first of: A DRASTIC VIDEO:
JM Porup reports for Ars Technica:
The Linux kernel today faces an unprecedented safety crisis. Much like when Ralph Nader famously told the American public that their cars were “unsafe at any speed” back in 1965, numerous security developers told the 2016 Linux Security Summit in Toronto that the operating system needs a total rethink to keep it fit for purpose.
No longer the niche concern of years past, Linux today underpins the server farms that run the cloud, more than a billion Android phones, and not to mention the coming tsunami of grossly insecure devices that will be hitched to the Internet of Things. Today’s world runs on Linux, and the security of its kernel is a single point of failure that will affect the safety and well-being of almost every human being on the planet in one way or another.
“Cars were designed to run but not to fail,” Kees Cook, head of the Linux Kernel Self Protection Project, and a Google employee working on the future of IoT security, said at the summit. “Very comfortable while you’re going down the road, but as soon as you crashed, everybody died.”
“That’s not acceptable anymore,” he added, “and in a similar fashion the Linux kernel needs to deal with attacks in a manner where it actually is expecting them and actually handles gracefully in some fashion the fact that it’s being attacked.”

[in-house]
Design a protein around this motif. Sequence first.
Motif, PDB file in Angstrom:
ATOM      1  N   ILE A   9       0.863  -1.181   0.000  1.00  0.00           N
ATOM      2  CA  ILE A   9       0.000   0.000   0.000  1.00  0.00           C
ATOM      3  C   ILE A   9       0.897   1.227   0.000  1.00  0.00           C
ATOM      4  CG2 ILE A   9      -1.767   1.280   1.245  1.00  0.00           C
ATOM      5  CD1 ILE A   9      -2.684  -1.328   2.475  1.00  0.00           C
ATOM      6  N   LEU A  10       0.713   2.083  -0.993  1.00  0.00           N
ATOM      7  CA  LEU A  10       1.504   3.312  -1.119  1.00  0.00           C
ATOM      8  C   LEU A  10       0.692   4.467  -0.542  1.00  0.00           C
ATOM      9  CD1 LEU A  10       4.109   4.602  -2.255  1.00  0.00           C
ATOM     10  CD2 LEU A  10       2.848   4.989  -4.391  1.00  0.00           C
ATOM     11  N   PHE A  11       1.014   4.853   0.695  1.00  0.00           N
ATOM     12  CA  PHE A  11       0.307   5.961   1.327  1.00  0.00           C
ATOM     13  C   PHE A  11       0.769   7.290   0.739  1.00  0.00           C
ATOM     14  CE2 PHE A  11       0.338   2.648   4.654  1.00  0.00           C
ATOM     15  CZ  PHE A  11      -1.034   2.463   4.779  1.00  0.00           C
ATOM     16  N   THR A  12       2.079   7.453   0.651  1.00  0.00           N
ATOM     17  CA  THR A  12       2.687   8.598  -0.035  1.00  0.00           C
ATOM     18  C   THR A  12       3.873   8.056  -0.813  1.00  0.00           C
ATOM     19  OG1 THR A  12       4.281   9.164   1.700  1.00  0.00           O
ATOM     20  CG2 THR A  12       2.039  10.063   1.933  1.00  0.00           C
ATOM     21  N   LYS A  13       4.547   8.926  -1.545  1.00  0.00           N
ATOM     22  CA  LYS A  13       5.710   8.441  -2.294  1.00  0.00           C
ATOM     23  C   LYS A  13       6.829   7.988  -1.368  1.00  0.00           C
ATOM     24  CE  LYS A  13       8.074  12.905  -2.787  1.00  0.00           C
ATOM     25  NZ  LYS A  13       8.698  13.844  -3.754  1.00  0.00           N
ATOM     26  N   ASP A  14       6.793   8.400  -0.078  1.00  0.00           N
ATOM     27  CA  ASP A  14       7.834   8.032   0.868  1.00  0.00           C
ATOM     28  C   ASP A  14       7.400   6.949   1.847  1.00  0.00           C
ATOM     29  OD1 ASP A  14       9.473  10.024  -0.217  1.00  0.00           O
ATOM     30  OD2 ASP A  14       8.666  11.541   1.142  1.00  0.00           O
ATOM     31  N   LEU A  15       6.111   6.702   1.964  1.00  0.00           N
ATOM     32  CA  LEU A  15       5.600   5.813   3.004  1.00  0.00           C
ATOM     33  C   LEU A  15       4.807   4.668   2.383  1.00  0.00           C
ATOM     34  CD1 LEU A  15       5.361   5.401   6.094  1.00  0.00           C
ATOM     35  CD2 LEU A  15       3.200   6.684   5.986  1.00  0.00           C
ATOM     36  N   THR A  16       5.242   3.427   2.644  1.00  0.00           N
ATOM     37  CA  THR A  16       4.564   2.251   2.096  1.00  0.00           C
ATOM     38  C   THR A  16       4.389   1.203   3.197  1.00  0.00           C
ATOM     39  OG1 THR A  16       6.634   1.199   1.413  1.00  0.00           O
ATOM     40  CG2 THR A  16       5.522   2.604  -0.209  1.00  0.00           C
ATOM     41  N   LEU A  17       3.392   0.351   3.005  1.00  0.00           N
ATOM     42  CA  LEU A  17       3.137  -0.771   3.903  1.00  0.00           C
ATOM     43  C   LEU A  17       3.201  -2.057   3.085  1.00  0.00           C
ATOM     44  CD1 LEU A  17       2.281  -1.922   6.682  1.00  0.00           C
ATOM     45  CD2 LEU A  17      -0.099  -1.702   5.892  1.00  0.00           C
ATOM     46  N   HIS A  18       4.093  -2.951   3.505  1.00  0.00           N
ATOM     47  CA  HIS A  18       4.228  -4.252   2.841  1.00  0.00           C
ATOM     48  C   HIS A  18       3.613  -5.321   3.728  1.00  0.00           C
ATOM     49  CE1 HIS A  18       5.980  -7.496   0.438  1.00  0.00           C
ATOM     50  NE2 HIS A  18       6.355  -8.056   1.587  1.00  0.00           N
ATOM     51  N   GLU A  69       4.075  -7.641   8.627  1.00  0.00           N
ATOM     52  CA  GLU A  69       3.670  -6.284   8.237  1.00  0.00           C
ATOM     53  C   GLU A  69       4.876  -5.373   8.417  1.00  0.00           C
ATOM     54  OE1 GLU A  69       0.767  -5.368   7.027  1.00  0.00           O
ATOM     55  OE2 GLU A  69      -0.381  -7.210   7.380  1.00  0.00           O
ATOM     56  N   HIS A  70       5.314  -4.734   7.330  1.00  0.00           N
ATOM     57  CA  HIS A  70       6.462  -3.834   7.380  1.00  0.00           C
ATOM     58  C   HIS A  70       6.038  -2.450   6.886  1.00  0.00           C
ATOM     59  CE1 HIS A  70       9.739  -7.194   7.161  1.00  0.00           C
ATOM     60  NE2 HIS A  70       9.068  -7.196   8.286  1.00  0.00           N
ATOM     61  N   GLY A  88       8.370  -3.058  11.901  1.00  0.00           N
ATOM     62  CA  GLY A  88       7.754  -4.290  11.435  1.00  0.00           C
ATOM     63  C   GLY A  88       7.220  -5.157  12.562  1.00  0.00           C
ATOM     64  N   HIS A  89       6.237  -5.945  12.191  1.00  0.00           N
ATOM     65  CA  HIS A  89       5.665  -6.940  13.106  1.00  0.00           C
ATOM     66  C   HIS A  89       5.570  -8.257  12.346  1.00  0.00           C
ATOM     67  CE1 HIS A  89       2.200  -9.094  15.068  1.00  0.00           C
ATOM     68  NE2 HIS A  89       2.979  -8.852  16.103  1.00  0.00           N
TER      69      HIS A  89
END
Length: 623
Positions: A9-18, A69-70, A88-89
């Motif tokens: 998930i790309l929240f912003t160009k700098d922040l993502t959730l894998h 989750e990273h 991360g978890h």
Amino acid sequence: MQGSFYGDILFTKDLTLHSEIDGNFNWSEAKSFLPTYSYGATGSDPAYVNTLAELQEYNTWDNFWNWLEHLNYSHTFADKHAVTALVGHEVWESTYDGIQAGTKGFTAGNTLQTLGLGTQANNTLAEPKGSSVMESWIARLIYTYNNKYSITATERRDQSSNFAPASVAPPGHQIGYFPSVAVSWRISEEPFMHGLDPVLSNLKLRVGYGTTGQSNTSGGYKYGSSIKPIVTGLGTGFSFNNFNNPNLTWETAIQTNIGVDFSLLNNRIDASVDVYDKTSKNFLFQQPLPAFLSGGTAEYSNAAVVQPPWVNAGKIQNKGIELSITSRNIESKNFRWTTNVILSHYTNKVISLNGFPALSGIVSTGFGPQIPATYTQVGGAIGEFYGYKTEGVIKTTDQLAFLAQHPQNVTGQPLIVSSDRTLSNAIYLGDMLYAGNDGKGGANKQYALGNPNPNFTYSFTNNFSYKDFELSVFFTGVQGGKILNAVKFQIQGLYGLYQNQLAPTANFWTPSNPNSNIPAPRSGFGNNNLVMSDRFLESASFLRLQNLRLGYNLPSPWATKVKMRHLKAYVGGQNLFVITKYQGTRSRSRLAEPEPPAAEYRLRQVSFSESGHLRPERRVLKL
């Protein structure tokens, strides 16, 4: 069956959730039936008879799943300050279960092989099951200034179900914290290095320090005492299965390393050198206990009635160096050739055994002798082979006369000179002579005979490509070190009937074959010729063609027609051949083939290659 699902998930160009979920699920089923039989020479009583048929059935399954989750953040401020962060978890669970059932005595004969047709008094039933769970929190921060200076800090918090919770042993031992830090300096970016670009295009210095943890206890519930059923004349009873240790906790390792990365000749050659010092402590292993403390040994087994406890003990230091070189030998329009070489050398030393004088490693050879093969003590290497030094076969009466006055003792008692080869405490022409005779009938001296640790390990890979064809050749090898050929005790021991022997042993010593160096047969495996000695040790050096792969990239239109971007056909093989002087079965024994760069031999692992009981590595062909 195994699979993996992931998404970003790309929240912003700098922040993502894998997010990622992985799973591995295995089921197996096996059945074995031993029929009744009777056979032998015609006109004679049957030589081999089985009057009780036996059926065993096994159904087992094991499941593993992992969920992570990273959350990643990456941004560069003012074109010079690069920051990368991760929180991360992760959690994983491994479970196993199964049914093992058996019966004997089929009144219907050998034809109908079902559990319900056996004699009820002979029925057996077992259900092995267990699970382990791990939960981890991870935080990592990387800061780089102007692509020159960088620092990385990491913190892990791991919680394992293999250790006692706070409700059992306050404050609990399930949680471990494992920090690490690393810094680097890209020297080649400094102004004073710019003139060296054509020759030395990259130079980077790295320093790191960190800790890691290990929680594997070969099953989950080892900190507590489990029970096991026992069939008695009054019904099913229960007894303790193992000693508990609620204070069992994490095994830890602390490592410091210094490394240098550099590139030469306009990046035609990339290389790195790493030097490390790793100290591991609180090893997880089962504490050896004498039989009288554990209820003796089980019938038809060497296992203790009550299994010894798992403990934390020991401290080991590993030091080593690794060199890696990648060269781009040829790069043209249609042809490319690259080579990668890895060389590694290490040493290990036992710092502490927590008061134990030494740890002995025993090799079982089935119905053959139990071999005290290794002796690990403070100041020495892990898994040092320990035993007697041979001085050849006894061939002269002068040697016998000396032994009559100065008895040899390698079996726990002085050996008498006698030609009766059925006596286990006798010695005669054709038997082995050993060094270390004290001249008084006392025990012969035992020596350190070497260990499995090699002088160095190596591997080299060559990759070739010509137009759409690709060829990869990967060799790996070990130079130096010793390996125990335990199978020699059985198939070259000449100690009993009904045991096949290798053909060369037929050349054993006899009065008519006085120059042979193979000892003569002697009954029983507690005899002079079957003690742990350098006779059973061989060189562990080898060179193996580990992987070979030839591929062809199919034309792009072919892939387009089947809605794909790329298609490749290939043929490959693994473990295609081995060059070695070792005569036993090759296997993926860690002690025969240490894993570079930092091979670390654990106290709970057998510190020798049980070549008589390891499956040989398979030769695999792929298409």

„That’s not acceptable anymore,“ he added, „and in a similar fashion the Linux kernel needs to deal with attacks in a manner where it actually is expecting them and actually handles gracefully in some fashion the fact that it’s being attacked.“
Jeffrey Vander Stoep, a software engineer on the Android security team at Google, echoed Cook’s message: „This kind of hearkens back to last year’s keynote speech when [Konstantin “Kai” Ryabitsev] compared computer safety with the car industry years ago. We need more and we need better safety features, and with it in mind this may cause inconvenience for developers, we still need them.“
The clear consensus at the Linux Security Summit was that squashing bugs is a losing strategy. Many deployed devices running Linux will never receive security updates, and patching a security hole in the upstream kernel does nothing to ensure the safety of an IoT device that could be in use for a decade and may forever be ignored by the manufacturer.
Worse, the average lifetime of a critical security bug in the Linux kernel, from introduction during a code commit to public discovery and having a patch issued, averages three years or more.
Kernel drivers suck
However that’s hard to do when the vast majority of kernel bugs come from vendor drivers, not the upstream Linux kernel, Stoep said.
„Android does in fact inherit bugs from the upstream kernel,“ he said, „but our data shows that most of Android’s kernel security vulnerabilities live in device drivers.“
okay first of all: Yes i also would like to have „as secure as possible“ software/kernel on my servers.
so what is the status of those grsecurity patches?
why are they not included into upstream kernel?
So it MIGHT be possible to install them under Debian Stretch 9.0 with jessie-backports?